N2 - Background: The incidence of workplace violence against nurses in emergency departments is underreported. Thus, the true nature and frequency of violent incidents remains unknown. It is therefore difficult to address the problem. Aim: To identify the attitudes, barriers and enablers of emergency nurses to the reporting of workplace violence. Method: Using a phenomenological approach, two focus groups were conducted at a tertiary emergency department. The data were audio-recorded, transcribed verbatim and analysed using thematic analysis. Results: Violent incidents in this emergency department were underreported. Nurses accepted violence as part of their normal working day, and therefore were less likely to report it. Violent incidents were not defined as 'violence' if no physical injury was sustained, therefore it was not reported. Nurses were also motivated to report formally in order to protect themselves from any possible future complaints made by perpetrators. The current formal reporting system was a major barrier to reporting because it was difficult and time consuming to use. Nurses reported violence using methods other than the designated reporting system. Conclusion: While emergency nurses do report violence, they do not use the formal reporting system. When they did use the formal reporting system they were motivated to do so in order to protect themselves. As a consequence of underreporting, the nature and extent of workplace violence remains unknown.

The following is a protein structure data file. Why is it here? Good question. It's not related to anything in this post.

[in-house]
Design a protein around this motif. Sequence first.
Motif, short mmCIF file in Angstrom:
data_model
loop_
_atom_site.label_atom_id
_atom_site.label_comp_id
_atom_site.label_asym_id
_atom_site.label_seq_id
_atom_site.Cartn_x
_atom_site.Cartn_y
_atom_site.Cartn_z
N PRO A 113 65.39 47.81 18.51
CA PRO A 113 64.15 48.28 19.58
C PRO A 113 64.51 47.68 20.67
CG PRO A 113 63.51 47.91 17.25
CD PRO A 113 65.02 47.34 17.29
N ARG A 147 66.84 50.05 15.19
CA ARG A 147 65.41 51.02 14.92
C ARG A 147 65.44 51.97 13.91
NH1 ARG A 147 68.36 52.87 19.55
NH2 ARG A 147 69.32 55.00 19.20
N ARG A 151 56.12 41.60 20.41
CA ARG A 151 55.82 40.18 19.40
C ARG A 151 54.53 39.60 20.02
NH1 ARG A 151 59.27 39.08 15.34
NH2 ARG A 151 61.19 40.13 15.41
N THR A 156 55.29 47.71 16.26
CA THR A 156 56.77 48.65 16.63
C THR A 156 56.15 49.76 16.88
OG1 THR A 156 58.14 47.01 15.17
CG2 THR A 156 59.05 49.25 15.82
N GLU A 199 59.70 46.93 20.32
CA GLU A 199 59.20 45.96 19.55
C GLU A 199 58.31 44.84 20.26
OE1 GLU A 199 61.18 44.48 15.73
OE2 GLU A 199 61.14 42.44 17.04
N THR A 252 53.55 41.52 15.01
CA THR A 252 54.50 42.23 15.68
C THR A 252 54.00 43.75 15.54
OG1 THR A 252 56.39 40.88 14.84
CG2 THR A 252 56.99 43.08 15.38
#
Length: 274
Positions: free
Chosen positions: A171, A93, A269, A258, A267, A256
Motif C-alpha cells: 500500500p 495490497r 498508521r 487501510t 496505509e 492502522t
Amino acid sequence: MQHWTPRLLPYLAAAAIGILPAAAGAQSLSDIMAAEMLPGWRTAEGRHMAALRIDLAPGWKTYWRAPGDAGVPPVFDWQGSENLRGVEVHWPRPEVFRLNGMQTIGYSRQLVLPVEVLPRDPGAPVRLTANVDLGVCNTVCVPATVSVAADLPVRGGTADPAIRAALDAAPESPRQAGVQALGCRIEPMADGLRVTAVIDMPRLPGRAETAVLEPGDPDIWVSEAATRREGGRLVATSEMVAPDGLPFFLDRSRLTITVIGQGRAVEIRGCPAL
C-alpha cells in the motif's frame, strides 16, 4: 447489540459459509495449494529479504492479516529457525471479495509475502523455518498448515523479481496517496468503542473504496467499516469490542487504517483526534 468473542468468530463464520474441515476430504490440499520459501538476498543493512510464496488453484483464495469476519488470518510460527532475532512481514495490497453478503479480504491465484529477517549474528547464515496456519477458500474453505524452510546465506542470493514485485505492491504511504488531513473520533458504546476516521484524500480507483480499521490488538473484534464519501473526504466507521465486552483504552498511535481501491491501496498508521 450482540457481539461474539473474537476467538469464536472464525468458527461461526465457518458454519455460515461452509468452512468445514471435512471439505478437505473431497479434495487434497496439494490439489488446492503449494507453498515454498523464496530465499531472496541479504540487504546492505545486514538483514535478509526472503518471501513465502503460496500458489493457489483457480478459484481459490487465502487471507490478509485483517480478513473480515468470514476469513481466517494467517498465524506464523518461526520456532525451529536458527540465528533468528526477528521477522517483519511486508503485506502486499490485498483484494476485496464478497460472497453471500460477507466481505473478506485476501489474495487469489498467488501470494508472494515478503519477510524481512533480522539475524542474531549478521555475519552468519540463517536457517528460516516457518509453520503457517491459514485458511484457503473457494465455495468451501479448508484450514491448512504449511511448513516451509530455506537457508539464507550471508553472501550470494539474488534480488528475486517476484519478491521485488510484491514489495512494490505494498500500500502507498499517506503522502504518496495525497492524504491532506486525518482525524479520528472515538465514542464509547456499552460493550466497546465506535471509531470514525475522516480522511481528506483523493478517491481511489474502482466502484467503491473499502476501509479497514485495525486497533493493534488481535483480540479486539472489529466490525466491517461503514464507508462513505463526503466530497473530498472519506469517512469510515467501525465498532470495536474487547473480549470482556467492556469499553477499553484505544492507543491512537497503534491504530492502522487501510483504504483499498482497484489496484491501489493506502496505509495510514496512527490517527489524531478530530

AB - Background: The incidence of workplace violence against nurses in emergency departments is underreported. Thus, the true nature and frequency of violent incidents remains unknown. It is therefore difficult to address the problem. Aim: To identify the attitudes, barriers and enablers of emergency nurses to the reporting of workplace violence. Method: Using a phenomenological approach, two focus groups were conducted at a tertiary emergency department. The data were audio-recorded, transcribed verbatim and analysed using thematic analysis. Results: Violent incidents in this emergency department were underreported. Nurses accepted violence as part of their normal working day, and therefore were less likely to report it. Violent incidents were not defined as 'violence' if no physical injury was sustained, therefore it was not reported. Nurses were also motivated to report formally in order to protect themselves from any possible future complaints made by perpetrators. The current formal reporting system was a major barrier to reporting because it was difficult and time consuming to use. Nurses reported violence using methods other than the designated reporting system. Conclusion: While emergency nurses do report violence, they do not use the formal reporting system. When they did use the formal reporting system they were motivated to do so in order to protect themselves. As a consequence of underreporting, the nature and extent of workplace violence remains unknown.

KW - emergency nursing

KW - occupational violence

KW - Emergency department

KW - nursing

KW - qualitative research

KW - repoting violence

KW - risk management

KW - workplace violence

U2 - 10.1016/j.aenj.2015.03.006

DO - 10.1016/j.aenj.2015.03.006

M3 - Article

VL - 19

SP - 75

EP - 81

JO - Australasian Emergency Nursing Journal

JF - Australasian Emergency Nursing Journal

SN - 1574-6267

IS - 1

ER -